However, that is just on its surface. Not far beneath, this movie has a real and relevant message. True, said message was shaped by the time period the movie was made in, but it is one that is relevant to any time or place. At its core, Karate Kid is a story about the clash of two very different ideologies, which are represented in the persons of Miyagi and Kreese.

John Kreese espouses an ideology that was very common at the time, and unfortunately is all too prevalent today: namely, Might Makes Right. Or, as Miyagi puts it, Kreese thinks with his fist. Kreese believes that being strong is the most important thing, and that those who aren’t strong aren’t worthy of respect. Kreese’s definition of strength is one of self aggrandizement and force. The strongest man is the one who can toot his own horn the most, and who can shout down or roll over everybody else. Mercy, compassion and courtesy of any kind are all signs of weakness.

Miyagi, on the other hand, follows a very different definition of strength. He knows exactly what he is and what he is capable of, and he doesn’t feel any need to show it off. Most people just assume Miyagi is an unimpressive old man, and he’s happy to keep it that way unless more is needed. As can be inferred from the quote above, for all his skill in karate Miyagi has never felt the need to compete. Likewise, compare Kreese’s wall of trophies and awards with the fact that Miyagi keeps his Medal of Valor hidden in a small box.

My second favorite scene in the film demonstrates the differences between the two men. Miyagi has accompanied Daniel down to Kreese’s dojo to confront him about his students. Kreese behaves in the expected ways; he bullies, he blusters, he yells and gets into Miyagi’s personnel space, and otherwise tries to roll over him. Miyagi, meanwhile, refuses to play Kreese’s game. He stands up to him by quietly making it clear that he will have his say. Miyagi doesn’t even raise his voice, but he very obviously doesn’t back down from Kreese.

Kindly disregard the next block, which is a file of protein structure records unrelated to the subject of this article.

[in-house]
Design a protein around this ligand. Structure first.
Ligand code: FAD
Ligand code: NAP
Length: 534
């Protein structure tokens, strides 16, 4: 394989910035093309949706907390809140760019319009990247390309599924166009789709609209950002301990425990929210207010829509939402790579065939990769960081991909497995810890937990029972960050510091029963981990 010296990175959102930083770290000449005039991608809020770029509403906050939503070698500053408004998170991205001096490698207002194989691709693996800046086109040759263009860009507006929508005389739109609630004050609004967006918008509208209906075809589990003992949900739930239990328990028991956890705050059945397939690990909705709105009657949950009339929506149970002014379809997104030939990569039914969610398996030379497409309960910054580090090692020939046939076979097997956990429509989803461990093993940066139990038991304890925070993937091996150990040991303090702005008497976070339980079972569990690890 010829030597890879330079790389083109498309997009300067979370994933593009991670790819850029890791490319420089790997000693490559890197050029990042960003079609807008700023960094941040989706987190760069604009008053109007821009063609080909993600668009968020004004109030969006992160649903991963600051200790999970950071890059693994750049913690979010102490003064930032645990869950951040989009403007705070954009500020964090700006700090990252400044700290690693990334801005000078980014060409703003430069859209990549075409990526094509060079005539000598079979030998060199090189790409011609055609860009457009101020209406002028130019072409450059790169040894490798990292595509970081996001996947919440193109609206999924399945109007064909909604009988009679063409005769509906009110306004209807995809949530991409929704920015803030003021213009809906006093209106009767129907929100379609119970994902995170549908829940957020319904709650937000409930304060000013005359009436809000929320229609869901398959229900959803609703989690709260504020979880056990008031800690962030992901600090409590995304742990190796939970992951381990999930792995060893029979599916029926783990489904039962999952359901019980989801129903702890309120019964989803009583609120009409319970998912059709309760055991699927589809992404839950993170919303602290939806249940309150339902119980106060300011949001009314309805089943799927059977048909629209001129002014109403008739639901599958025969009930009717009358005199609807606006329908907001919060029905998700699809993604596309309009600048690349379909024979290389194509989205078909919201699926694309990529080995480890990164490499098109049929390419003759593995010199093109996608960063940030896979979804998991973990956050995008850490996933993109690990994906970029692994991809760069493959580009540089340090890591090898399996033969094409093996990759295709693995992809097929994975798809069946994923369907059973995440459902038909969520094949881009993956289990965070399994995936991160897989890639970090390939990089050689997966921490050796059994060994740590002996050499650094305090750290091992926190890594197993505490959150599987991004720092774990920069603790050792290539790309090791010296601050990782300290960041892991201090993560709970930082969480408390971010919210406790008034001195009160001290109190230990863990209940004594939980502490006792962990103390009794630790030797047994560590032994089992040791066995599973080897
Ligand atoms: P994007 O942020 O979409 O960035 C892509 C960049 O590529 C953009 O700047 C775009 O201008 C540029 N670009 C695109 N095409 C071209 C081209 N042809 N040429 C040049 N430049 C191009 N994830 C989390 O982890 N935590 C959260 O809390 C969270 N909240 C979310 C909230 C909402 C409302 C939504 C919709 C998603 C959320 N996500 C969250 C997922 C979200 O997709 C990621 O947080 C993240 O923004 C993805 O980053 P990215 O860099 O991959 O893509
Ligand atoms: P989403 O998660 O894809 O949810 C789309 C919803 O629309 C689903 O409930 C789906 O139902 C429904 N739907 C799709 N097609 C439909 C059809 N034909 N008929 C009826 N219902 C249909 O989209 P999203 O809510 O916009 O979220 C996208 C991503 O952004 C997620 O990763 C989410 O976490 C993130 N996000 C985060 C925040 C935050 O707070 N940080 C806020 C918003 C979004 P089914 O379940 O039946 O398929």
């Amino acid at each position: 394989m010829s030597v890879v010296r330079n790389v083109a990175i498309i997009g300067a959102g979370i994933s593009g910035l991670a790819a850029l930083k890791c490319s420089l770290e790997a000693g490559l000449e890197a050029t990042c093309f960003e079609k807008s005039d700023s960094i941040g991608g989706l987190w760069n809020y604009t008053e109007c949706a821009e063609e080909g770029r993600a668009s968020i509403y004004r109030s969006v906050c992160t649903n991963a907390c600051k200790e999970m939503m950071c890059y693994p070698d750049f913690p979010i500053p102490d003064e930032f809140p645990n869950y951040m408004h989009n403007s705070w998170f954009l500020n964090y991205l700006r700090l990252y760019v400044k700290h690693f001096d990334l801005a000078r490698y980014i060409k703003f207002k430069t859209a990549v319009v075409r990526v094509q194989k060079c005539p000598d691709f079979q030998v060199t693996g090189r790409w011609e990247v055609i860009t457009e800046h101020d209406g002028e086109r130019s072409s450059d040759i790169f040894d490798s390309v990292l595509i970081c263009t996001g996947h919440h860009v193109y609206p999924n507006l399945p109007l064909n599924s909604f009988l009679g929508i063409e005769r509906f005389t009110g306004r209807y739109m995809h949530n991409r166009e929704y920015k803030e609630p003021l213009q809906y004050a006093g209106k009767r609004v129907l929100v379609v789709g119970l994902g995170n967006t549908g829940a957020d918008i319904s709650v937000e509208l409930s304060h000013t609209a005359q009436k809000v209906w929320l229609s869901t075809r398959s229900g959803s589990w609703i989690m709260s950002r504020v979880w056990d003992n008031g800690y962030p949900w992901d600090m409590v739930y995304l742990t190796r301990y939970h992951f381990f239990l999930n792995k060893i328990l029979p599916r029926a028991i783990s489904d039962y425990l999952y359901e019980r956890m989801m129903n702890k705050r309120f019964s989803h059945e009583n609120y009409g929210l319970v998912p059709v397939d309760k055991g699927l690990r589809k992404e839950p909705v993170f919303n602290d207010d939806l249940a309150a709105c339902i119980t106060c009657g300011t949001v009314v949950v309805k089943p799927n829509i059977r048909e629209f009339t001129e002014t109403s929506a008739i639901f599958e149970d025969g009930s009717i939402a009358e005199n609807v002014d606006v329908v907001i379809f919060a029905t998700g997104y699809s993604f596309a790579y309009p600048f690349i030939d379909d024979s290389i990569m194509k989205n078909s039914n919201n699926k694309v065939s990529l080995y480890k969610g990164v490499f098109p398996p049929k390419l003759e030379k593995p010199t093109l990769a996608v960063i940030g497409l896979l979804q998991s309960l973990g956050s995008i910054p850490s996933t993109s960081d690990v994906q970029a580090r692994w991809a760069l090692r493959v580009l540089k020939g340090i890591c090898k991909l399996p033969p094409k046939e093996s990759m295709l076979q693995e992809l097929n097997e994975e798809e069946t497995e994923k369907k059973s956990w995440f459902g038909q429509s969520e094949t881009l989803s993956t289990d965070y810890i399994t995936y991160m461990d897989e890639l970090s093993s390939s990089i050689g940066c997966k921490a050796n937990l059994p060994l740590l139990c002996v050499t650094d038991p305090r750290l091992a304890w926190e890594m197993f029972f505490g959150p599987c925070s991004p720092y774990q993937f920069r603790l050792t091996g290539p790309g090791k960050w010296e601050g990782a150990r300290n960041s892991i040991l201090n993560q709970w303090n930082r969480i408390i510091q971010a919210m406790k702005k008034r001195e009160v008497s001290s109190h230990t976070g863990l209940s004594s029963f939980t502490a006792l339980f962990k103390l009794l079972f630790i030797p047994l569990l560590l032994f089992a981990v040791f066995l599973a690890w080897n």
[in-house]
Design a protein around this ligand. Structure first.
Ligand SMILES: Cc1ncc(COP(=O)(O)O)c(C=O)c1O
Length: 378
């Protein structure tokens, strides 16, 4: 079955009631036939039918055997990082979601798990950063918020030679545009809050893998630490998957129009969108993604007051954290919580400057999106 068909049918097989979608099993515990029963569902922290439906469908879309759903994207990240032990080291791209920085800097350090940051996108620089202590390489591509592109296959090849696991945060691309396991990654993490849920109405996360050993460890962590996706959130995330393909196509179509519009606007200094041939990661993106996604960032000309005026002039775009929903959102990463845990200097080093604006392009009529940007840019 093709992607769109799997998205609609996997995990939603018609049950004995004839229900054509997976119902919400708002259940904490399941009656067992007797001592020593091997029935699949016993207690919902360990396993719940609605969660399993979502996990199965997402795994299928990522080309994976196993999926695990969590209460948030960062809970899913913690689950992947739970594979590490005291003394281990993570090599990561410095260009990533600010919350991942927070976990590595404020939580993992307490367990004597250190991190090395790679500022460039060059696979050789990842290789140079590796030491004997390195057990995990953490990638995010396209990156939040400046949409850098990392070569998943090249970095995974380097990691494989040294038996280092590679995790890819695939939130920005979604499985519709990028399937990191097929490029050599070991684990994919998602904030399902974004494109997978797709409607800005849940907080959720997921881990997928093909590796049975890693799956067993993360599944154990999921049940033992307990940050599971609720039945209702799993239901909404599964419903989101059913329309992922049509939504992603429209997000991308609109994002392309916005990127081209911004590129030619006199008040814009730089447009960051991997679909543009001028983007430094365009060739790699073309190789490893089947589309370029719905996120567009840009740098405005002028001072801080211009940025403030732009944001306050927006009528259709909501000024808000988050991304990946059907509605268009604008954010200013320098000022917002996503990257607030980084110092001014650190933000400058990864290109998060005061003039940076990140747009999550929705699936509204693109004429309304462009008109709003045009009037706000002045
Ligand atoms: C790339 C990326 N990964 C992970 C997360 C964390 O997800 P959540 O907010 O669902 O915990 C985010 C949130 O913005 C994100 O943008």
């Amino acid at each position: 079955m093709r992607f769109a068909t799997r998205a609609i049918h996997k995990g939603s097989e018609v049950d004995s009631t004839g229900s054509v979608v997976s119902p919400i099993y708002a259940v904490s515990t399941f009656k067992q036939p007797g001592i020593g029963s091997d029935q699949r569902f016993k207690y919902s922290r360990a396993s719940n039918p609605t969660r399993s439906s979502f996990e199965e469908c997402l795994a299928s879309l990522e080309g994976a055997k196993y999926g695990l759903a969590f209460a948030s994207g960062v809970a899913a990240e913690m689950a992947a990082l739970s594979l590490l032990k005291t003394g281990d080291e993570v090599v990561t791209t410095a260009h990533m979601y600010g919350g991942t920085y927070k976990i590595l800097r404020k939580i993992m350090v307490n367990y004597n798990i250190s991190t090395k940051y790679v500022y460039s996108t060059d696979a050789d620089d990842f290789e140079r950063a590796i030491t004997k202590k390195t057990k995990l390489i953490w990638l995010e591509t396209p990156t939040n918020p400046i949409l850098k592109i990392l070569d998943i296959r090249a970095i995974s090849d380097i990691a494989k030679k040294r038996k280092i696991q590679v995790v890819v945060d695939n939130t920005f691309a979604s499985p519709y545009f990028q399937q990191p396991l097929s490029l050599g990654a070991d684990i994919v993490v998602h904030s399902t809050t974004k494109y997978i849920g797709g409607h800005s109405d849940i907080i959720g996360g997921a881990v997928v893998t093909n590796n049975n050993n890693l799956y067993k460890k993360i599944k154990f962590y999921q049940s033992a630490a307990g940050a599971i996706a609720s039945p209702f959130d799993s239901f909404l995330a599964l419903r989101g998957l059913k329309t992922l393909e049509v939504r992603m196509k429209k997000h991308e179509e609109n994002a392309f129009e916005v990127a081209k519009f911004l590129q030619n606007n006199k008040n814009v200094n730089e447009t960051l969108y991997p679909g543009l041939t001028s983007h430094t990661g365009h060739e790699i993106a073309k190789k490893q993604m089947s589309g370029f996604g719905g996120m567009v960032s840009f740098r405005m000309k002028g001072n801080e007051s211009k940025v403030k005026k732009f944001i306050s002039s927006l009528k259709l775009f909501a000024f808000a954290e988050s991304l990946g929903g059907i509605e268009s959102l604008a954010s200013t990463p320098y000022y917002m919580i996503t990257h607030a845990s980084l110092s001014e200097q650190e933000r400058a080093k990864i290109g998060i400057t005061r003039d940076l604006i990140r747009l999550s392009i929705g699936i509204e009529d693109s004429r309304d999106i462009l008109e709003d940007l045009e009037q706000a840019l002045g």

The thing that really struck me about Miyagi is how little he talks. He dispenses little tidbits of wisdom to Daniel, of course, but he never speechifies like mentors in these movies are expected to. In fact, Miyagi never says a word more than what is absolutely needed. Kreese is the one in this movie who gives long-winded speeches and diatribes; but Miyagi teaches by example whenever possible.

Due to pop culture saturation, almost everyone is familiar with how Miyagi begins Daniel’s training: “wax on, wax off.” Miyagi makes Daniel do chores such as waxing his cars, painting, and sanding his floor. Each one is supposed to be done only with a certain hand movement; up-down when painting the fence for example. And of course, irritating and irrelevant as this all might seem at first; the gestures turn out to be the basis for the fighting style Daniel is being taught.

But there is a bit more to it. More than fighting moves, Miyagi is teaching Daniel humility. First of all, people of Kreese’s ilk would claim that their training puts them above this kind of work; Miyagi is showing Daniel that this isn’t the case. Far more importantly, Miyagi is teaching Daniel the simple, yet essential lesson that there is much to be learned from even the most humble tasks and experiences.